Underwatering of Lawn
If you fall behind on your watering schedule, this can lead to your grass becoming stressed and creates more room for clover and other weeds to grow.
Grass will struggle to grow in compacted soil, due to the lack of spaces needed for water and air to reach the grass plants’ roots. Clover on the other hand is well-equipped to grow in compacted soil, as it has longer roots which provide it with better access to water compared to grass plants.
Grass Mowed Too Short
Mowing your grass too short can encourage the presence of clover. By removing the long blades, you expose more of the soil’s surface to the sun, which in turn encourages the growth of clover and other weeds on your lawn.
How to Get Rid of Clover in Lawn Organically
Pull Clover Out By Hand
For small patches, you can attempt to get rid of clover by pulling it up manually.
Method: Using a spade, trowel, or your hand, loosen the soil around the clover and then pull the clover out, removing the entire plant and roots. Make sure not to leave any roots behind, otherwise the clover will just grow back.
Deprive Clover of Oxygen and Sunlight
You can kill clover on a lawn by depriving the plants of oxygen and sunlight, which prevents them from being able to grow. This method is effective to get rid of clover in larger patches, and will also help to get rid of other types of weeds on your lawn, such as crabgrass.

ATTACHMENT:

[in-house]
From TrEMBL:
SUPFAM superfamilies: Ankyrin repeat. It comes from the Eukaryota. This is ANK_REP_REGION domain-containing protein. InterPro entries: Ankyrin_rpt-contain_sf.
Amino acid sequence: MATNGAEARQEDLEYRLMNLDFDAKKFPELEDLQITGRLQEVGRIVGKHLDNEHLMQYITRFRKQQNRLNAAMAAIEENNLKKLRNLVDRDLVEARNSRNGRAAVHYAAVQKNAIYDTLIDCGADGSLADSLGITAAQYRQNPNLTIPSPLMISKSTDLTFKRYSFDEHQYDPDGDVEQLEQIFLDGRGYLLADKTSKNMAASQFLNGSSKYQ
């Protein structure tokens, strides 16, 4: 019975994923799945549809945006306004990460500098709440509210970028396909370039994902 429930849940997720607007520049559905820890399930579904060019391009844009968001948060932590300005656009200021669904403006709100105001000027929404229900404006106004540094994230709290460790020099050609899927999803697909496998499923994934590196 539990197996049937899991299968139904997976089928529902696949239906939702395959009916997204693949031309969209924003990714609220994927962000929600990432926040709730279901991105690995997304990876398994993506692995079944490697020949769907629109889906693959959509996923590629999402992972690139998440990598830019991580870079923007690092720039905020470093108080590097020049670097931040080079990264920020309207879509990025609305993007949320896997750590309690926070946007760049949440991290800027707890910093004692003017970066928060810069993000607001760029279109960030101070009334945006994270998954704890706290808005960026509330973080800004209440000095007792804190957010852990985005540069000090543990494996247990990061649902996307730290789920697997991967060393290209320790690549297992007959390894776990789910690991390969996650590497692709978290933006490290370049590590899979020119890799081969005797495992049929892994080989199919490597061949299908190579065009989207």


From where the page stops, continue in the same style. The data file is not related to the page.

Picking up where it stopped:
Method: Place some plastic sheeting or a garbage bag over the patches of clover, and secure each corner of the material with something heavy like a rock to prevent it from being blown out of place. After a few weeks, the clover will have died off, along with any grass that was also underneath the plastic. You may need to reseed your lawn after this method if there are patches of dead grass that need to be repaired.
Spray Clover With Vinegar Solution
You can DIY your own non-toxic solution to kill clover out of vinegar, water, and dish soap. The vinegar dries out the leaves of the clover, while the soap helps the process by making the vinegar stick to the plant. Take note that this method may damage the surrounding grass after repeated applications.